EUROPE & NEAR EAST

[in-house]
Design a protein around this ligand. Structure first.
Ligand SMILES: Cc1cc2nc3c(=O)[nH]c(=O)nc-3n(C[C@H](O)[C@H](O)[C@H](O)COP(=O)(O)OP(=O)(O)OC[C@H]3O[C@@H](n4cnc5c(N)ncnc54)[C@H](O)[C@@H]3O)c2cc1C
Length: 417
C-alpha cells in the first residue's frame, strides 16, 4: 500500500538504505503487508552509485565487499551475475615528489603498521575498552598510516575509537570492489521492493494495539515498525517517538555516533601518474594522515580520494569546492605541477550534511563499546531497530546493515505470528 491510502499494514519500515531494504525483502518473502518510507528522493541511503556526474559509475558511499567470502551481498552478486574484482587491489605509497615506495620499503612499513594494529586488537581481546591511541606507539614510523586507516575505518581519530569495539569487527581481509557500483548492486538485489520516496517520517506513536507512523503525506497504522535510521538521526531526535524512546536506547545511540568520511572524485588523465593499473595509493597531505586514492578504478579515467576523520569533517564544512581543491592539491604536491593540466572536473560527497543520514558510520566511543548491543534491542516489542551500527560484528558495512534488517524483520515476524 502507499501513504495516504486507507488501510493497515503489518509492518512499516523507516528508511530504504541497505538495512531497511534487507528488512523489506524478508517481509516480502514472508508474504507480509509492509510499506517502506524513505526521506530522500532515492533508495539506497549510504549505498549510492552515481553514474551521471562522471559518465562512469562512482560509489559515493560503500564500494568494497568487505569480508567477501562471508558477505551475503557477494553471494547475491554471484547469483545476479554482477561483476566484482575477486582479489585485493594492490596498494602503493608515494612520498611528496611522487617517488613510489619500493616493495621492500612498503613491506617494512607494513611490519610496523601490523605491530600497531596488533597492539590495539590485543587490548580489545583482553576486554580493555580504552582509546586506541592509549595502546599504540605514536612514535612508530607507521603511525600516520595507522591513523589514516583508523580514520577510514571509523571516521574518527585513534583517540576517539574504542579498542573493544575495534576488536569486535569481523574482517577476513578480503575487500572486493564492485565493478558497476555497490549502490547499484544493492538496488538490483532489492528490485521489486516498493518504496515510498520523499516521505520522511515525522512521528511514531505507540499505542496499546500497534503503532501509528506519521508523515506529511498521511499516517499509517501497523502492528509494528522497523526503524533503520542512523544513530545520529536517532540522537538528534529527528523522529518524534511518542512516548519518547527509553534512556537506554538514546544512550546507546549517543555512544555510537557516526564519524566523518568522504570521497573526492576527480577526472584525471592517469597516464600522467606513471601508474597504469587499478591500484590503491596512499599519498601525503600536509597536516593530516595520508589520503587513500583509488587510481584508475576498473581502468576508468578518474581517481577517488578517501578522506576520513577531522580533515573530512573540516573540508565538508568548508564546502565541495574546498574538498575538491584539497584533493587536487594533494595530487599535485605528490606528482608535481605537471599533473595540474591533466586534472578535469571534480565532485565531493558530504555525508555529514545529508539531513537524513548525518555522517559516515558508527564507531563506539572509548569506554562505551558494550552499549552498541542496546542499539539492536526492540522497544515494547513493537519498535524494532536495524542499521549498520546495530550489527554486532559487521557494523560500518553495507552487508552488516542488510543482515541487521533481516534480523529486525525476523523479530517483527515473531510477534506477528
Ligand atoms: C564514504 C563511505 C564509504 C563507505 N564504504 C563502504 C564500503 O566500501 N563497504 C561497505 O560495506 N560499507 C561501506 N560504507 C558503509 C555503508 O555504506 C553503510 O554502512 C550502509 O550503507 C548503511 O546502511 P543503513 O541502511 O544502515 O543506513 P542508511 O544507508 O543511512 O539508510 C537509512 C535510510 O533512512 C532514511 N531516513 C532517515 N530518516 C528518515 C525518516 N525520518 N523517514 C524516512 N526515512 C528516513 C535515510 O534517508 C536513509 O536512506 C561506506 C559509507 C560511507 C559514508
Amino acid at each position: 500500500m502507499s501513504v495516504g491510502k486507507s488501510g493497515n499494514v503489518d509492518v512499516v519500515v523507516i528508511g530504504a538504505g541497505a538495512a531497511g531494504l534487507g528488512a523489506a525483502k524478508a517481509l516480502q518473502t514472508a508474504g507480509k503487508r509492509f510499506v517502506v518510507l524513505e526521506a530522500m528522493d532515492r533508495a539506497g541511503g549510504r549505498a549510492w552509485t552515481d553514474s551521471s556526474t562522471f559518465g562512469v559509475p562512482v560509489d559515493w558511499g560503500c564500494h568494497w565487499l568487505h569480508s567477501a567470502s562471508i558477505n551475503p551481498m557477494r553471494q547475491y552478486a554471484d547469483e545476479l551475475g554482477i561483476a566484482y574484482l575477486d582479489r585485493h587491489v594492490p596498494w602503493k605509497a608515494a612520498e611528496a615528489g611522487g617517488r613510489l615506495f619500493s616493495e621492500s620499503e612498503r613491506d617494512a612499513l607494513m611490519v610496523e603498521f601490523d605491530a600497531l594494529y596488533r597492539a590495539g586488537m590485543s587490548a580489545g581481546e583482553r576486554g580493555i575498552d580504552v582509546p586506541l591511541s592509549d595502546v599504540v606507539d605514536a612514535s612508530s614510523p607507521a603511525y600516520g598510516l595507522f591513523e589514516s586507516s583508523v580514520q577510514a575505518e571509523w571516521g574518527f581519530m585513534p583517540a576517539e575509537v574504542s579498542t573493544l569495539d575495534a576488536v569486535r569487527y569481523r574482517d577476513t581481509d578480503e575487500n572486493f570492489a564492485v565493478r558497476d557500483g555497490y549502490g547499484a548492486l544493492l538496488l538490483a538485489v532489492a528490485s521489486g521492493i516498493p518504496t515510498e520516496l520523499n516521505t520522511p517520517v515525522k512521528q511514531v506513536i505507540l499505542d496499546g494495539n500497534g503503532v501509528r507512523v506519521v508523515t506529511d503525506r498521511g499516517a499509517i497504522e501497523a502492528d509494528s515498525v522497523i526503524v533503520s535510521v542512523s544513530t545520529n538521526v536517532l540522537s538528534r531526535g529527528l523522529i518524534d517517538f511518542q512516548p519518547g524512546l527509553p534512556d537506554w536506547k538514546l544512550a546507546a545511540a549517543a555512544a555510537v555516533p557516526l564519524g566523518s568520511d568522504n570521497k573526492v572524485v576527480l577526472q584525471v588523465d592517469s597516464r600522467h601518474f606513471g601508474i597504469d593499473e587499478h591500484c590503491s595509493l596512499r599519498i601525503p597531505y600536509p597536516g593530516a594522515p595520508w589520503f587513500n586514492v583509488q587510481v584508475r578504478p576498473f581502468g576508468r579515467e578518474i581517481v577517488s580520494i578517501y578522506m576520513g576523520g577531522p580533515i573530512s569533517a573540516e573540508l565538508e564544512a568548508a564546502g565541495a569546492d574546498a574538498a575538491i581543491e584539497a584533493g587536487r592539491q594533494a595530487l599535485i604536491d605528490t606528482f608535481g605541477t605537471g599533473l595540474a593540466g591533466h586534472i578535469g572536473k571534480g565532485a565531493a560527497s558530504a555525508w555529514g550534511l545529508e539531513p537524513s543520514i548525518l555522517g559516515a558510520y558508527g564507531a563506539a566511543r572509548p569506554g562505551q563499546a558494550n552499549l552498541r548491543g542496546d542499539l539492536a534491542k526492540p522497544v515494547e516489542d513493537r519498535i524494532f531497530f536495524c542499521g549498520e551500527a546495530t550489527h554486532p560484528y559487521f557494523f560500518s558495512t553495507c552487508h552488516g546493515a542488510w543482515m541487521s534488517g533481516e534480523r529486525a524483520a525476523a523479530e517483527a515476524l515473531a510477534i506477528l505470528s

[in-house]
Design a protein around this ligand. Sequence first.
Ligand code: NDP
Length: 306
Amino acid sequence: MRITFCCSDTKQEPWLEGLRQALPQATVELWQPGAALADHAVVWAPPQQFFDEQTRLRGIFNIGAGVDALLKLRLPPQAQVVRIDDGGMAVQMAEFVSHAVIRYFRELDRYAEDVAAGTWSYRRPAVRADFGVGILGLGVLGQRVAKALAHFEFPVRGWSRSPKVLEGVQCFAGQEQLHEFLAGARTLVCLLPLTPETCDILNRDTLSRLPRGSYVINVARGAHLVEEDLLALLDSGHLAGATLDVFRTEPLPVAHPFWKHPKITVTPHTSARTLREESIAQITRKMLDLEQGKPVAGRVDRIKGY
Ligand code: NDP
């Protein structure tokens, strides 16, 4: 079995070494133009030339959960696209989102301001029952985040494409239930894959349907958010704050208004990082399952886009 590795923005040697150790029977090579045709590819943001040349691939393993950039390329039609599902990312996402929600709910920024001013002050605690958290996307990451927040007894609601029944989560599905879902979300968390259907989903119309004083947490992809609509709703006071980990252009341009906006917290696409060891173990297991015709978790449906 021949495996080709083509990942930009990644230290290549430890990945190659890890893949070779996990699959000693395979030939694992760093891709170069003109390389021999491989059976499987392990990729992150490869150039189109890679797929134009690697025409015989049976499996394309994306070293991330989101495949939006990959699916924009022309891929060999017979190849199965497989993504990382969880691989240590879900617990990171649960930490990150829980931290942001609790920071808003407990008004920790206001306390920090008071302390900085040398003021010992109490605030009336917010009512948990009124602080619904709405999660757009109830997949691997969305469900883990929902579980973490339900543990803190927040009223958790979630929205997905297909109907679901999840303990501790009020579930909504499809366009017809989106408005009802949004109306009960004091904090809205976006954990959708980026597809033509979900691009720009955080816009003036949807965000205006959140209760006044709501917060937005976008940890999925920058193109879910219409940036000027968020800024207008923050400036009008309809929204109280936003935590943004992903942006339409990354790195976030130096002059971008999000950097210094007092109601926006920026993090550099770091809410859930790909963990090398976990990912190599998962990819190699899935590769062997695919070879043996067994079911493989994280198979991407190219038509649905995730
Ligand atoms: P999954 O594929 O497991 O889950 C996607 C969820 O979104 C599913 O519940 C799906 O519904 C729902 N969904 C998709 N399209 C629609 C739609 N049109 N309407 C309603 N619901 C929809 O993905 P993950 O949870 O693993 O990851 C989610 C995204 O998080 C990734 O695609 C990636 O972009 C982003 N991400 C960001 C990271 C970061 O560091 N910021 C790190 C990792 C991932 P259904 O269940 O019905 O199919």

Last June, Zagreb became the epicentre of the European Conference's discernment. The Curia of the Croatian Province hosted for the first time the consultation of the President of the JCEP and the Committee of Formation Centres of the Conference. Both meetings were aimed at advancing discernment on two issues: How to help the sustainability of our formation centres for Jesuits in Europe; and which are the Universal Apostolic Preferences from the territory of our provinces and regions. The consultation for the Formation Centres brought together a committee of eight Jesuits. Among them were provincials, formation delegates and JCEP officers. According to the last General Assembly, this year was the time to collect data and study the sustainability of the Centres. These centres are the ones were the Jesuits in formation studied the first cycles of Philosophy and Theology. All the provincials reported their views in different fields: financial support, academic level, community life, spiritual direction and apostolic opportunities. The results of this study will be presented at the next JCEP General Assembly, to be held in September in Barcelona. The committee also received a warm welcome in the Institute for Philosophical and Theological Studies and the Formation Community Ante Gabrič, SJ in Zagreb. The agenda of the Consult, in the midst of other important topics, dealt with the process of discernment of the Universal Apostolic Preferences for the Society of Jesus throughout the world. The President, Franck Janin, received the fruit of the discernment of the European provinces and regions. Just after the consult he flew to Rome to share this information with Father General in the "Enlarged Council". The European Conference of Provincials will also continue with the discernment of the Apostolic Preferences in Barcelona. The end of the process will be in 2019 when Pope Francis receives and approves these preferences. Pictures: 1. Formation Centres Committee visiting the grounds of the Croatian Formation House and Infirmary Members of the Committee: Franck Janin, Alessandro Manaresi, Jakub kolacz, Martin Maier, Pablo Alonso, Damian Howard, Christoph Soyer and José de Pablo   2. Consult in Zagreb: Members of the Consult: Franck Janin, Dalibor Renič, José Frazão Correia, Damian Howard, Martin Maier, and José de Pablo.